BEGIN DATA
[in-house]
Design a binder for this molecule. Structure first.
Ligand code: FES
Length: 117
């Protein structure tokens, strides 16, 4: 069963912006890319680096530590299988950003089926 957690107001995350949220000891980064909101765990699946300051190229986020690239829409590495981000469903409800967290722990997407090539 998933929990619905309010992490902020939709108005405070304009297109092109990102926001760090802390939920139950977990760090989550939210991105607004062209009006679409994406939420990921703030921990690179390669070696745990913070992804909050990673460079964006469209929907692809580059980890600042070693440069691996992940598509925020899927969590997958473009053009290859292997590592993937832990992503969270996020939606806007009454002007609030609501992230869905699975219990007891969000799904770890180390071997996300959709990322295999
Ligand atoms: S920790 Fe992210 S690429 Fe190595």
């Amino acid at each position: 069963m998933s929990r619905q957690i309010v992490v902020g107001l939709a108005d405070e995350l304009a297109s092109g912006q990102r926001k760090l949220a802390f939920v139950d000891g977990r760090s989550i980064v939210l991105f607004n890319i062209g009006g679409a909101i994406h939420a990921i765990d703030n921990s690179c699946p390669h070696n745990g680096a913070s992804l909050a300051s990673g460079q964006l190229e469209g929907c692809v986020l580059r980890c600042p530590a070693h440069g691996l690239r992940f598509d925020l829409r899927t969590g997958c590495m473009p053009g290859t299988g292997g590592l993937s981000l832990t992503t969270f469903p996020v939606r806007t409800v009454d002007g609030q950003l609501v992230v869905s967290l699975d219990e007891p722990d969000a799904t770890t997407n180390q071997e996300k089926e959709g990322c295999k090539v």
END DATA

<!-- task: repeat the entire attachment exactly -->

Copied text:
[in-house]
Design a binder for this molecule. Structure first.
Ligand code: FES
Length: 117
């Protein structure tokens, strides 16, 4: 069963912006890319680096530590299988950003089926 957690107001995350949220000891980064909101765990699946300051190229986020690239829409590495981000469903409800967290722990997407090539 998933929990619905309010992490902020939709108005405070304009297109092109990102926001760090802390939920139950977990760090989550939210991105607004062209009006679409994406939420990921703030921990690179390669070696745990913070992804909050990673460079964006469209929907692809580059980890600042070693440069691996992940598509925020899927969590997958473009053009290859292997590592993937832990992503969270996020939606806007009454002007609030609501992230869905699975219990007891969000799904770890180390071997996300959709990322295999
Ligand atoms: S920790 Fe992210 S690429 Fe190595």
């Amino acid at each position: 069963m998933s929990r619905q957690i309010v992490v902020g107001l939709a108005d405070e995350l304009a297109s092109g912006q990102r926001k760090l949220a802390f939920v139950d000891g977990r760090s989550i980064v939210l991105f607004n890319i062209g009006g679409a909101i994406h939420a990921i765990d703030n921990s690179c699946p390669h070696n745990g680096a913070s992804l909050a300051s990673g460079q964006l190229e469209g929907c692809v986020l580059r980890c600042p530590a070693h440069g691996l690239r992940f598509d925020l829409r899927t969590g997958c590495m473009p053009g290859t299988g292997g590592l993937s981000l832990t992503t969270f469903p996020v939606r806007t409800v009454d002007g609030q950003l609501v992230v869905s967290l699975d219990e007891p722990d969000a799904t770890t997407n180390q071997e996300k089926e959709g990322c295999k090539v």